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Cervical cancer screening invitations in low and middle income countries: Evidence from Armenia


  • Antinyan, Armenak
  • Bertoni, Marco
  • Corazzini, Luca


Roughly 90 percent of cervical cancer deaths occur in low- and middle-income countries (LMICs), where the lack of adequate infrastructures hampers screening, while informational, cultural, and socio-economic barriers limit participation in the few programs that do exist. We conducted a field experiment with the Armenian cervical cancer screening program to determine whether, despite these barriers, the simple, economical invitation strategies adopted in high-income countries could enhance screening take-up in LMICs. We find that letters of invitation increase screening take-up, especially when there are follow-up reminders. Different ways of framing messages appear to have no impact. Finally, women in rural areas are more likely to respond to invitation by letter, helping to narrow the urban-rural screening gap.

Suggested Citation

  • Antinyan, Armenak & Bertoni, Marco & Corazzini, Luca, 2021. "Cervical cancer screening invitations in low and middle income countries: Evidence from Armenia," Social Science & Medicine, Elsevier, vol. 273(C).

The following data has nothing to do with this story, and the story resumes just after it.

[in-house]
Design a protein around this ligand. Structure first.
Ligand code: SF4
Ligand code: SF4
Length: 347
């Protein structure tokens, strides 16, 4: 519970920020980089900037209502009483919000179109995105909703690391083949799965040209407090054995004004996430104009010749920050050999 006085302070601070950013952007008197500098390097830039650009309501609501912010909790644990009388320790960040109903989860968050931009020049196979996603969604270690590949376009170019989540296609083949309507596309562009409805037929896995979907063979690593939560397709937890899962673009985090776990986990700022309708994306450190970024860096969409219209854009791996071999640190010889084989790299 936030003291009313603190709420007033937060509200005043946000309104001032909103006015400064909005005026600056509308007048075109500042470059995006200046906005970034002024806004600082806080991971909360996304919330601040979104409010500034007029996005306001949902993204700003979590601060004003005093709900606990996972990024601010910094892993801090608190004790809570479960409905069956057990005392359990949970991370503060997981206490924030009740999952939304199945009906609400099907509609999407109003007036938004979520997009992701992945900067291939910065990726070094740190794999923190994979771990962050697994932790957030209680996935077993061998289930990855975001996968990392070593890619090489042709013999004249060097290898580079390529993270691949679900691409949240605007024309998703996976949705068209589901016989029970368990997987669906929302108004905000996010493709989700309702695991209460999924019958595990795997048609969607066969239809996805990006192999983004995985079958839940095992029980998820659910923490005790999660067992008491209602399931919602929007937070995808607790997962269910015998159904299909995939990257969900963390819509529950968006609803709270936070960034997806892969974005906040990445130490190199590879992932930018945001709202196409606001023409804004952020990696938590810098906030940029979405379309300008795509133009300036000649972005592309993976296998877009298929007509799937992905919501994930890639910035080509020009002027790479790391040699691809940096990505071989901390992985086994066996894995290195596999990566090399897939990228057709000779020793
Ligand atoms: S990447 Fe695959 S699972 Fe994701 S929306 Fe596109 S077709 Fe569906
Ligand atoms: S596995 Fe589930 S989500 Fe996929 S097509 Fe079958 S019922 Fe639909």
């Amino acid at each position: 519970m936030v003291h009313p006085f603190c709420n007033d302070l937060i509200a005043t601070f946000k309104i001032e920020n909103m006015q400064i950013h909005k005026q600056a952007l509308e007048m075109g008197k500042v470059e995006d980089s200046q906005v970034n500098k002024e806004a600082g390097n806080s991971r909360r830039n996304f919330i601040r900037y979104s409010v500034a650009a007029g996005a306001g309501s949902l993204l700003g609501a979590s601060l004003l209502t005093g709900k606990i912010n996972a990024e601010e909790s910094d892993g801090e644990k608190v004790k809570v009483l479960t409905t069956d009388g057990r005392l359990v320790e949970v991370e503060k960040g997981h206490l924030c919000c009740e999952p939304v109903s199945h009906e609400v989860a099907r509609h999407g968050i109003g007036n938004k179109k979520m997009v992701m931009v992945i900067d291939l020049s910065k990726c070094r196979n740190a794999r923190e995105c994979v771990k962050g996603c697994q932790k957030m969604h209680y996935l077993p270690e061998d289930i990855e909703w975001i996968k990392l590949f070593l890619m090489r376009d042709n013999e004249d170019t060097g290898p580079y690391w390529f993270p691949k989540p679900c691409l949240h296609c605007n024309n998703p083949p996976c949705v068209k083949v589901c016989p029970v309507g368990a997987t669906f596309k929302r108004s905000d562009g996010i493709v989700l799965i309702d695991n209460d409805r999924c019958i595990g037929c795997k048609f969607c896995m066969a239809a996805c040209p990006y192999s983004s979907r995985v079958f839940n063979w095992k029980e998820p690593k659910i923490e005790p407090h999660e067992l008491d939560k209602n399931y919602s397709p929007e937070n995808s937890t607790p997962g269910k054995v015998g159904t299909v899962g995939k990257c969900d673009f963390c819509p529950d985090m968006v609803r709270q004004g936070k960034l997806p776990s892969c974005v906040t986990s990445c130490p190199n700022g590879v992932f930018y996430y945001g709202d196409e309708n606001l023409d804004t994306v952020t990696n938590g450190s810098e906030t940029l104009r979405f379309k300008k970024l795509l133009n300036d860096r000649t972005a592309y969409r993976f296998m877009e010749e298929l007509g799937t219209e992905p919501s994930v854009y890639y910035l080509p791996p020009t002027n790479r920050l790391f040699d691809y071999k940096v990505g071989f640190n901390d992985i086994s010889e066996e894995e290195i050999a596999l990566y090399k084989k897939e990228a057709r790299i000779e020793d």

• Handle: RePEc:eee:socmed:v:273:y:2021:i:c:s027795362100071x
    DOI: 10.1016/j.socscimed.2021.113739

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    References listed on IDEAS

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    Cited by:

    1. Antinyan, Armenak & Asatryan, Zareh & Dai, Zhixin & Wang, Kezhi, 2021. "Does the frequency of reminders matter for their effectiveness? A randomized controlled trial," Journal of Economic Behavior & Organization, Elsevier, vol. 191(C), pages 752-764.
    2. Antinyan, Armenak & Baghdasaryan, Vardan & Grigoryan, Aleksandr, 2021. "Charitable giving, social capital and positional concerns," Cardiff Economics Working Papers E2021/33, Cardiff University, Cardiff Business School, Economics Section.
    3. Antinyan, Armenak & Bellio, Stefania & Bertoni, Marco & Corazzini, Luca & Narne, Elena, 2021. "Digital Access to Healthcare Services and Healthcare Utilization: A Quasi-Experiment," IZA Discussion Papers 14916, Institute of Labor Economics (IZA).

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    More about this item


    Cervical cancer screening; Randomized controlled trial; Invitation letters; Reminders;
    All these keywords.

    JEL classification:

    • I12 - Health, Education, and Welfare - - Health - - - Health Behavior
    • I15 - Health, Education, and Welfare - - Health - - - Health and Economic Development
    • I18 - Health, Education, and Welfare - - Health - - - Government Policy; Regulation; Public Health
    • C93 - Mathematical and Quantitative Methods - - Design of Experiments - - - Field Experiments
    • D91 - Microeconomics - - Micro-Based Behavioral Economics - - - Role and Effects of Psychological, Emotional, Social, and Cognitive Factors on Decision Making


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